US Military Did "Nothing" For Soldier Who Reported Sexual Assault, Says Mom. "They Took Her Soul"

US Military Did "Nothing" For Soldier Who Reported Sexual Assault, Says Mom. "They Took Her Soul"

Several whistleblowers and families of suicide victims alleged that the Department of Defense didn't take any action to resolve the gross misconduct.

Image Source: Getty Images/DanielBendjy (Representative)

The Department of Defense established a program to counter the prevalent rape culture and sexual assaults in its ranks fifteen years ago. It has since spent hundreds of millions of dollars to prevent this misconduct while laying emphasis on its zero-tolerance policy. But a year-and-a-half-long investigation carried out by CBS Evening News anchor and managing editor Norah O'Donnell and the CBS News Investigative Unit painted a shocking picture of gross neglect and inaction. The news outlet interviewed several sexual assault survivors, families of suicide victims, and informers working with the military's Sexual Assault Prevention and Response program, Morgan Robinson's family was one of them.


Robinson wished to join the military when she was quite young and after she turned 21, she broke the news to her mother Debbie. "When she turned 21, she said, 'Mom, I gotta talk to ya.' And she told me then that she had joined," recalled Debbie while speaking to O'Donnell. After spending six years in the Army National Guard, Robinson was first deployed to Kuwait in 2016. There she, unfortunately, became a victim of sexual assault. "When she was in Kuwait, she was sexually assaulted and continually harassed by one of her superiors," revealed Debbie. Although Robinson reported the matter, there was no response or resolution provided to her. "She got nothing," her mother said.


During that same deployment, Morgan was sent to Afghanistan where she was tragically subjected to sexual assault again. Many fellow soldiers allegedly gang-raped her, but this time she was too afraid to report the matter, said Debbie. "She was very scared because they threatened her, number one. And number two, she knew that it wouldn't go anywhere. Nothing happened in Kuwait with the sexual assault and the harassment, so why would they do something, you know, in Afghanistan," she added. Then in April 2018, James Mattis, the then-Secretary of Defense pointed out the military had zero tolerance for sexual assaults. "While battlefield casualties are a reality of war, we will accept no casualties due to sexual assault in our military family," he said.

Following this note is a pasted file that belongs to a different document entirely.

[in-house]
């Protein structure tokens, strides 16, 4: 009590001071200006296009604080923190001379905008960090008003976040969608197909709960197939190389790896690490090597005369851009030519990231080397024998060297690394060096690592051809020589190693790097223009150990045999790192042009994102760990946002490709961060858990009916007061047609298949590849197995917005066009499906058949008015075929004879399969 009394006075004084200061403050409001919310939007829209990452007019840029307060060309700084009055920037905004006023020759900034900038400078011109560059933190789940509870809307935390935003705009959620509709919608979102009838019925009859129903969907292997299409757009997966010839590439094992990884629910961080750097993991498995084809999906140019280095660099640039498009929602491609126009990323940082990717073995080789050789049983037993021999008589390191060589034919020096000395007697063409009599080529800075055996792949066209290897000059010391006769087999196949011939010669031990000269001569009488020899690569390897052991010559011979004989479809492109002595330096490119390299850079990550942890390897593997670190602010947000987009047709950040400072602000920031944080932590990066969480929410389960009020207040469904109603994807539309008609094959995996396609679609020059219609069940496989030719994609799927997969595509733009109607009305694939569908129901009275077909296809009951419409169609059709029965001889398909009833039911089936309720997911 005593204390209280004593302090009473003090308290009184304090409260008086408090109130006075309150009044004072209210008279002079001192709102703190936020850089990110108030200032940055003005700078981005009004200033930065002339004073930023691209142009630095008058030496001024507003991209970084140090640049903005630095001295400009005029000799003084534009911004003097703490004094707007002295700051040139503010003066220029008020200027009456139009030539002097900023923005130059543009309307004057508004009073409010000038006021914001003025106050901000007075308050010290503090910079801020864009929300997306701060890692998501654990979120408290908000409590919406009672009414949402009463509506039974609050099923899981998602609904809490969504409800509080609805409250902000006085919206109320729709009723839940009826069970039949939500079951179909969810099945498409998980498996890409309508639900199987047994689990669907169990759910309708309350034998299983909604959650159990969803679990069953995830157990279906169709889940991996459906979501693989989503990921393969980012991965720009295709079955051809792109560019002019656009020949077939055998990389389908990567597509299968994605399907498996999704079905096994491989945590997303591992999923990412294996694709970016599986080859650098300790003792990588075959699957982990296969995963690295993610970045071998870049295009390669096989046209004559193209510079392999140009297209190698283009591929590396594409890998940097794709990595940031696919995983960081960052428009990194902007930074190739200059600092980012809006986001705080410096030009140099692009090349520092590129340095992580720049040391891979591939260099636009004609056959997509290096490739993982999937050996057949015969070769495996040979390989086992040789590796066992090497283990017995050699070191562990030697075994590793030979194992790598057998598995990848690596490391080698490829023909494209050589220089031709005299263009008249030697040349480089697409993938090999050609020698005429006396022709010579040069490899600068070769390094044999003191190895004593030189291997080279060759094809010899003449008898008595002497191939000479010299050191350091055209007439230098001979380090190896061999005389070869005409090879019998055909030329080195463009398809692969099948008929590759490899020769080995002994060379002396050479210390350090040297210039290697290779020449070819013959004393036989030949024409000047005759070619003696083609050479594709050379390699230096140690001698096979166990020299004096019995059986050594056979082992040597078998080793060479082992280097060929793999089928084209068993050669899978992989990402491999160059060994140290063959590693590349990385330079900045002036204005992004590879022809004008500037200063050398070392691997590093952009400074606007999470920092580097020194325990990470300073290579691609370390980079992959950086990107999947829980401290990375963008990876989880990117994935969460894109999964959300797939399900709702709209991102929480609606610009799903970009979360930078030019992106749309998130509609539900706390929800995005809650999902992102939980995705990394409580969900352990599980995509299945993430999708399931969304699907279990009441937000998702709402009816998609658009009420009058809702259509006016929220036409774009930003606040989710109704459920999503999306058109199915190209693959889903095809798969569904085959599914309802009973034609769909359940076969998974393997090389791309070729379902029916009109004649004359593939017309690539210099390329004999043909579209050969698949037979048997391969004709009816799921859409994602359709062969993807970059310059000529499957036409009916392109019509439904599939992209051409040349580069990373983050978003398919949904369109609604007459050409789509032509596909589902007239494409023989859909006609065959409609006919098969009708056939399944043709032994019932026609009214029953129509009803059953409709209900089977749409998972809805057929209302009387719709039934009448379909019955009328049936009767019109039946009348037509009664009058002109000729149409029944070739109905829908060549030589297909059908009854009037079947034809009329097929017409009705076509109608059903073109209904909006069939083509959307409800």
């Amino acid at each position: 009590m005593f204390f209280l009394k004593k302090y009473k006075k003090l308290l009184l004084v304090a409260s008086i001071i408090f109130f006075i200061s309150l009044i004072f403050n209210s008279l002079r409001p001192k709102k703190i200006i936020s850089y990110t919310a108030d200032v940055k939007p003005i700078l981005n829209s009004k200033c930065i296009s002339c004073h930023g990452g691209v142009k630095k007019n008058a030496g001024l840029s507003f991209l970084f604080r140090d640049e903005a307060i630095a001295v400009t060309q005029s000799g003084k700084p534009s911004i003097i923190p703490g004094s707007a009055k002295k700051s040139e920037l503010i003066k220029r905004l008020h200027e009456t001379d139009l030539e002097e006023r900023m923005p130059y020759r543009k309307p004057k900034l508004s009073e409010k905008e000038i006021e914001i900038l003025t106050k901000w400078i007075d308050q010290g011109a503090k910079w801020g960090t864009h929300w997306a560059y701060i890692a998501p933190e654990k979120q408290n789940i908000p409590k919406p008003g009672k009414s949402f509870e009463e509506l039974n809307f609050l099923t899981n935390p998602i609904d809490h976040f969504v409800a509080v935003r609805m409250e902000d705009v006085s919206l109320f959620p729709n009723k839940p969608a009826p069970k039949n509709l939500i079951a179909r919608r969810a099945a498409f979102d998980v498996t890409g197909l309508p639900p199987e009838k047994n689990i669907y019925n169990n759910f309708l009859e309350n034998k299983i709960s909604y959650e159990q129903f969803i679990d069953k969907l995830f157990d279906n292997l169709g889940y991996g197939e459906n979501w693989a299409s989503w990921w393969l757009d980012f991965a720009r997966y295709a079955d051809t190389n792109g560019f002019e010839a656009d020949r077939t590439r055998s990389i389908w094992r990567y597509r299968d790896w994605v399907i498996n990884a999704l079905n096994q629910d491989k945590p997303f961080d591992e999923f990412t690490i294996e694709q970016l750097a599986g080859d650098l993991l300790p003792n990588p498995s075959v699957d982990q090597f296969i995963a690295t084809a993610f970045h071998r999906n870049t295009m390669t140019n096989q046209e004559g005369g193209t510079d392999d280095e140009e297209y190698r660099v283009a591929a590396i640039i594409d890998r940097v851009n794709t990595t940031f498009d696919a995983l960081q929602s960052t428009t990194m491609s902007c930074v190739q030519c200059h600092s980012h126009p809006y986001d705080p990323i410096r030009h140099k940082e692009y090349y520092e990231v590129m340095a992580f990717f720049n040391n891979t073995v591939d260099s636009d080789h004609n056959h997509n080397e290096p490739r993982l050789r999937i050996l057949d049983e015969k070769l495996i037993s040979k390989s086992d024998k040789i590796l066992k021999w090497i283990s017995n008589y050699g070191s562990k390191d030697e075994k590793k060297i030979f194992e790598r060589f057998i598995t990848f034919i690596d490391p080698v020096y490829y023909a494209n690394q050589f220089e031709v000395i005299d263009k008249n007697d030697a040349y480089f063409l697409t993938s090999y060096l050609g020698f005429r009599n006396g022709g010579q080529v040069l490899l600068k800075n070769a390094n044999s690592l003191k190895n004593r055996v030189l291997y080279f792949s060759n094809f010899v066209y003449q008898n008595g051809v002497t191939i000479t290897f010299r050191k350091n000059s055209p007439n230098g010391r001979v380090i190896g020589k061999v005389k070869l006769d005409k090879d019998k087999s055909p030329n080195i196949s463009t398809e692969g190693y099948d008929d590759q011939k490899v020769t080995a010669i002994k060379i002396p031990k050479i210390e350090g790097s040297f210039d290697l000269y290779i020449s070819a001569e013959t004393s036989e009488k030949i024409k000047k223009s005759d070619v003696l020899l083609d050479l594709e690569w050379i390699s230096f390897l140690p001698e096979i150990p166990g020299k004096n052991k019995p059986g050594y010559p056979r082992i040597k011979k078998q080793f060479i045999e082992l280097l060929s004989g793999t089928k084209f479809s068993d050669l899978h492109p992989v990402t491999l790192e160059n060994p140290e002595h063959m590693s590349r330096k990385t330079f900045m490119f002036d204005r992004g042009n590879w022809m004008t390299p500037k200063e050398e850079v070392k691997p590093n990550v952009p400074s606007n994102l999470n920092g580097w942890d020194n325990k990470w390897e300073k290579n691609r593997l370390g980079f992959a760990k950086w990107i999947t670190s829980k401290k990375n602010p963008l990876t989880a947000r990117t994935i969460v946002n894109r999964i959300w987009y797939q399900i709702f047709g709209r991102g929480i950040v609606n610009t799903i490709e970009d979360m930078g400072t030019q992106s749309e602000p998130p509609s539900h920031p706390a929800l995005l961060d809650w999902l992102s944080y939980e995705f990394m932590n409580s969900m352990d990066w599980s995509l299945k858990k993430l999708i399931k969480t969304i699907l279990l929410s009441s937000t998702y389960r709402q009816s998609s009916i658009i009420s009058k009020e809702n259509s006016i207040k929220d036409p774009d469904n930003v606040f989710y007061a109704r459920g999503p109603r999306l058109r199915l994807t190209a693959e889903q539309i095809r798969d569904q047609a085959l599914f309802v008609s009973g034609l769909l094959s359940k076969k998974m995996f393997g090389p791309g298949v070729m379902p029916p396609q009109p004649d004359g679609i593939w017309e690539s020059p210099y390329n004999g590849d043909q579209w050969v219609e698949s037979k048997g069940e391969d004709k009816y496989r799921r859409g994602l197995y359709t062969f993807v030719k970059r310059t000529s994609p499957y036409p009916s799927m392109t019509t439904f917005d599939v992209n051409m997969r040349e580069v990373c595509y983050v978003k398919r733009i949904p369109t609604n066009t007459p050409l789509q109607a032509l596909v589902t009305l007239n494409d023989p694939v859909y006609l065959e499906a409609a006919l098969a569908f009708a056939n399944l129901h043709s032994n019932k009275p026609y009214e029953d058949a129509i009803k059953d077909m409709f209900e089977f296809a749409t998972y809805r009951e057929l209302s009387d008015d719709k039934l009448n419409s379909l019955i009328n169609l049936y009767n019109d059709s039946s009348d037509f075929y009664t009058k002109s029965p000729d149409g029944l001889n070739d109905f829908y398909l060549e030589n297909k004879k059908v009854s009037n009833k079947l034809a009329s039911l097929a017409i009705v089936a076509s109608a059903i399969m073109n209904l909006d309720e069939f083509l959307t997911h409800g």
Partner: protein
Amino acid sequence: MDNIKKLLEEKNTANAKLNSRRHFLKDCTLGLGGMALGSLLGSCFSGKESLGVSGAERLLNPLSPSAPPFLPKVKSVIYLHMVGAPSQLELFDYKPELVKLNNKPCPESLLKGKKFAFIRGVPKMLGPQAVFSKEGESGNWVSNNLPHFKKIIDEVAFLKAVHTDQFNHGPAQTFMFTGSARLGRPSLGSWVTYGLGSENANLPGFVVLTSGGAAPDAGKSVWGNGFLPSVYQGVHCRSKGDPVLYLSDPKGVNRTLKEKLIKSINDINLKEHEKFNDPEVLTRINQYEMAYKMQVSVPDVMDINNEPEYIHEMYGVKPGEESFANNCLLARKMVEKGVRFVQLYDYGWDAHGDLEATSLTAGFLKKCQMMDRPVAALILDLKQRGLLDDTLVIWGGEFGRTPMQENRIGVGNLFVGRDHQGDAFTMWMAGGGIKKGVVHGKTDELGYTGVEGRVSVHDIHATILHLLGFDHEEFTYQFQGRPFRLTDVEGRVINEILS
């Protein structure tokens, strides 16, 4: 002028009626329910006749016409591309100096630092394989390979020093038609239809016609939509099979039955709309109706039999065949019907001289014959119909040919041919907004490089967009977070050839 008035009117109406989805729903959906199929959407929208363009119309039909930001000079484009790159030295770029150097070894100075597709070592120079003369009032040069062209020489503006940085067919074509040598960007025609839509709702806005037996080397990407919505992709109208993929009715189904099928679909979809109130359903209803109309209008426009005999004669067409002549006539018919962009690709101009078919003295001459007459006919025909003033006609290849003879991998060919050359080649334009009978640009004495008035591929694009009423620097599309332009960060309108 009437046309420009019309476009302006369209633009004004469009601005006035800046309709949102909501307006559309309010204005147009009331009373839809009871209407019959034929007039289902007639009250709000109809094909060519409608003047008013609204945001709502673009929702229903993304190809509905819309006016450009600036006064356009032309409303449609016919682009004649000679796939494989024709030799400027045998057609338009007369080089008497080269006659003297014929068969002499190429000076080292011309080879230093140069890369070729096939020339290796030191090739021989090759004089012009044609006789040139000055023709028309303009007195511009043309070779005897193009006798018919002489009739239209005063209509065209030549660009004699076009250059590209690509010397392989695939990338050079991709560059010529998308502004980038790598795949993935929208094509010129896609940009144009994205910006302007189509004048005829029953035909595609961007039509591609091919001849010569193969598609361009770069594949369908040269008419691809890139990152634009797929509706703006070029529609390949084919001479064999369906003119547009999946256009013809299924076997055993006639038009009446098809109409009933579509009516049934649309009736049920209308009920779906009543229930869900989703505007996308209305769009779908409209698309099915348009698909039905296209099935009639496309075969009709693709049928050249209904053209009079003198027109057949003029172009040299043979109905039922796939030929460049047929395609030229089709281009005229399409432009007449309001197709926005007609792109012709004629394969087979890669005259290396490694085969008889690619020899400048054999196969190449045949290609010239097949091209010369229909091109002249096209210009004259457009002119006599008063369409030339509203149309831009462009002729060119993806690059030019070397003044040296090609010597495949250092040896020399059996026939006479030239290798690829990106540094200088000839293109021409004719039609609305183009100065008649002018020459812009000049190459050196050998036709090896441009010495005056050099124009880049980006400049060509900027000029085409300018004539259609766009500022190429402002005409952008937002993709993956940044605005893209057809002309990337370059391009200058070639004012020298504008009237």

However, just four months later Robinson died by suicide. "You pray that it — that's not how it's going to end up. It wasn't a matter of 'if.' It was a matter of 'when,'" shared Debbie. Soon after an investigation was launched into the death of Robinson, her mother was given a copy of the AR 15-6 investigation, several pages of which were heavily redacted. "I just didn't understand how they could actually stand there and look me in the eyes, and hand that to me," she recalled. According to CBS News, a principal policy advisor to the military's sexual assault program reiterated that the department is committed to holding itself accountable. 


"The department remains committed to our goals of ending sexual assault in the military, providing the highest quality response to service members, and holding offenders appropriately accountable," shared Dr. Elizabeth P. Van Winkle. But their resolve seemed to contradict what Debbie found in the unredacted pages of the report. "Sergeant Robinson suffered sexual, physical, and psychological trauma while deployed. The sequela of this trauma was a factor in her death," said the investigation. Debbie says that the military was responsible for her daughter's untimely death especially "the way they did not handle what happened."


Eight months after Robinson passed away, the officer who assaulted her in Kuwait was just handed a written reprimand. "They can't police their self. How can you investigate yourself? You can't," said the heartbroken mother, explaining that things need to change. "If I was a commanding officer, and if I had kids, what would you think if that happened to your daughter, or your son? What would you want to happen to them? Are they just going to sit back and, 'It's okay'? They would want justice also," expressed Debbie. The devastated mother still cannot help but wonder if she could've done more to save her daughter.


"Everything just plays over and over and over in your head, thinking, 'Did I miss something? Could I have done something?' You know, you're a mom. That's what you're there for, is to protect your kids. And I couldn't protect her," she added. Debbie wants everyone to know that her daughter was doing "a job that she loved. It was for her country and to think that that's what took her life. That's what broke her." Furthermore, she said, "They wanted her body. And they took her soul." When the Military was contacted, they just said in a statement that a full investigation had been conducted and appropriate steps were taken against the perpetrator. 


Disclaimer: If you are having thoughts about taking your own life, or know of anyone who is, please contact The National Suicide Prevention Lifeline at 1-800-SUICIDE (784-2433).

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